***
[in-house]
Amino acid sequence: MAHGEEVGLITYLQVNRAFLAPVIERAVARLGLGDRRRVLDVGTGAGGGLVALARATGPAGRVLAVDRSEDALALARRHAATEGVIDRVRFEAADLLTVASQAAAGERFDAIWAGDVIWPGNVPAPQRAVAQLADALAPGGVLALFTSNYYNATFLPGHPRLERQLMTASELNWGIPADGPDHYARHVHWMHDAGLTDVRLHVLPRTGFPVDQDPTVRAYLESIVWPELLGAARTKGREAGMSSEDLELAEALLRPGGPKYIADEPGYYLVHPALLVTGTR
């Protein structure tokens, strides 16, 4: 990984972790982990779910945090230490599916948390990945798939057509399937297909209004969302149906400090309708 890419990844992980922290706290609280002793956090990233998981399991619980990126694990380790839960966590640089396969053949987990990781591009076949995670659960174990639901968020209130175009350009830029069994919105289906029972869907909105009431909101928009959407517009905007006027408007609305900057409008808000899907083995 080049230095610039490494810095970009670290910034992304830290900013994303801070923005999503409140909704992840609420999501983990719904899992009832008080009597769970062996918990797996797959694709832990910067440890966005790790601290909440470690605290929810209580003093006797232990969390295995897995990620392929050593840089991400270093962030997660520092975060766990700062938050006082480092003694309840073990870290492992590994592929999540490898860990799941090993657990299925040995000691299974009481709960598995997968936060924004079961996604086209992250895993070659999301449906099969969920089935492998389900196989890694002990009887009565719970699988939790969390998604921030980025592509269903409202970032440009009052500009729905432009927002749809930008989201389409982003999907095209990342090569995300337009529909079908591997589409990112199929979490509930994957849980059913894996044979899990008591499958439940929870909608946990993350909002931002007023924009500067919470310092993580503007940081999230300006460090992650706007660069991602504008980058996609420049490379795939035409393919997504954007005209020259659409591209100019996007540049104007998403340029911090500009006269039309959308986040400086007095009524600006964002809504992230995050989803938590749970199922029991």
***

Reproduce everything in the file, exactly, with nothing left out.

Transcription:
[in-house]
Amino acid sequence: MAHGEEVGLITYLQVNRAFLAPVIERAVARLGLGDRRRVLDVGTGAGGGLVALARATGPAGRVLAVDRSEDALALARRHAATEGVIDRVRFEAADLLTVASQAAAGERFDAIWAGDVIWPGNVPAPQRAVAQLADALAPGGVLALFTSNYYNATFLPGHPRLERQLMTASELNWGIPADGPDHYARHVHWMHDAGLTDVRLHVLPRTGFPVDQDPTVRAYLESIVWPELLGAARTKGREAGMSSEDLELAEALLRPGGPKYIADEPGYYLVHPALLVTGTR
């Protein structure tokens, strides 16, 4: 990984972790982990779910945090230490599916948390990945798939057509399937297909209004969302149906400090309708 890419990844992980922290706290609280002793956090990233998981399991619980990126694990380790839960966590640089396969053949987990990781591009076949995670659960174990639901968020209130175009350009830029069994919105289906029972869907909105009431909101928009959407517009905007006027408007609305900057409008808000899907083995 080049230095610039490494810095970009670290910034992304830290900013994303801070923005999503409140909704992840609420999501983990719904899992009832008080009597769970062996918990797996797959694709832990910067440890966005790790601290909440470690605290929810209580003093006797232990969390295995897995990620392929050593840089991400270093962030997660520092975060766990700062938050006082480092003694309840073990870290492992590994592929999540490898860990799941090993657990299925040995000691299974009481709960598995997968936060924004079961996604086209992250895993070659999301449906099969969920089935492998389900196989890694002990009887009565719970699988939790969390998604921030980025592509269903409202970032440009009052500009729905432009927002749809930008989201389409982003999907095209990342090569995300337009529909079908591997589409990112199929979490509930994957849980059913894996044979899990008591499958439940929870909608946990993350909002931002007023924009500067919470310092993580503007940081999230300006460090992650706007660069991602504008980058996609420049490379795939035409393919997504954007005209020259659409591209100019996007540049104007998403340029911090500009006269039309959308986040400086007095009524600006964002809504992230995050989803938590749970199922029991």